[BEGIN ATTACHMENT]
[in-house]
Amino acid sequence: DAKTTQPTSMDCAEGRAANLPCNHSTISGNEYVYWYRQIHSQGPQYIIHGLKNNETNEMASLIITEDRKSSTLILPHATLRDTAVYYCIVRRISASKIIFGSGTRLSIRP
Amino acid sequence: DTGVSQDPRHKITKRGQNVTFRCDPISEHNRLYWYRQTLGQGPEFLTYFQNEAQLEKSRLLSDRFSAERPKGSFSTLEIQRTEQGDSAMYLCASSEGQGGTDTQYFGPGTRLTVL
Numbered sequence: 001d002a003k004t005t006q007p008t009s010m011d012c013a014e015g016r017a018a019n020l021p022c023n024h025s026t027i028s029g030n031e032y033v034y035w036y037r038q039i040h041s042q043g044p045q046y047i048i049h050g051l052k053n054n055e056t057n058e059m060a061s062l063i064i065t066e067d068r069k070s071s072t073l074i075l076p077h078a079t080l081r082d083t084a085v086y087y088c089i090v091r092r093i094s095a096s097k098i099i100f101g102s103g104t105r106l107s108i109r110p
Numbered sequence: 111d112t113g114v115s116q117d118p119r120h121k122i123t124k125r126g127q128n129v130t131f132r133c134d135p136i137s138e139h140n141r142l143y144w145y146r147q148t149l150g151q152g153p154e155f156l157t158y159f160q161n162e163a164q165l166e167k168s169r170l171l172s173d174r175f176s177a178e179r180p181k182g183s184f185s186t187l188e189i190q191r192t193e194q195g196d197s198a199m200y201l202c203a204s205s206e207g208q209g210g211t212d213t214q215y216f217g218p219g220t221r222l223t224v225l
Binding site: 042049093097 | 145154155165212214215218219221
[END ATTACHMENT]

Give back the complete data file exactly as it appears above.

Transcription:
[in-house]
Amino acid sequence: DAKTTQPTSMDCAEGRAANLPCNHSTISGNEYVYWYRQIHSQGPQYIIHGLKNNETNEMASLIITEDRKSSTLILPHATLRDTAVYYCIVRRISASKIIFGSGTRLSIRP
Amino acid sequence: DTGVSQDPRHKITKRGQNVTFRCDPISEHNRLYWYRQTLGQGPEFLTYFQNEAQLEKSRLLSDRFSAERPKGSFSTLEIQRTEQGDSAMYLCASSEGQGGTDTQYFGPGTRLTVL
Numbered sequence: 001d002a003k004t005t006q007p008t009s010m011d012c013a014e015g016r017a018a019n020l021p022c023n024h025s026t027i028s029g030n031e032y033v034y035w036y037r038q039i040h041s042q043g044p045q046y047i048i049h050g051l052k053n054n055e056t057n058e059m060a061s062l063i064i065t066e067d068r069k070s071s072t073l074i075l076p077h078a079t080l081r082d083t084a085v086y087y088c089i090v091r092r093i094s095a096s097k098i099i100f101g102s103g104t105r106l107s108i109r110p
Numbered sequence: 111d112t113g114v115s116q117d118p119r120h121k122i123t124k125r126g127q128n129v130t131f132r133c134d135p136i137s138e139h140n141r142l143y144w145y146r147q148t149l150g151q152g153p154e155f156l157t158y159f160q161n162e163a164q165l166e167k168s169r170l171l172s173d174r175f176s177a178e179r180p181k182g183s184f185s186t187l188e189i190q191r192t193e194q195g196d197s198a199m200y201l202c203a204s205s206e207g208q209g210g211t212d213t214q215y216f217g218p219g220t221r222l223t224v225l
Binding site: 042049093097 | 145154155165212214215218219221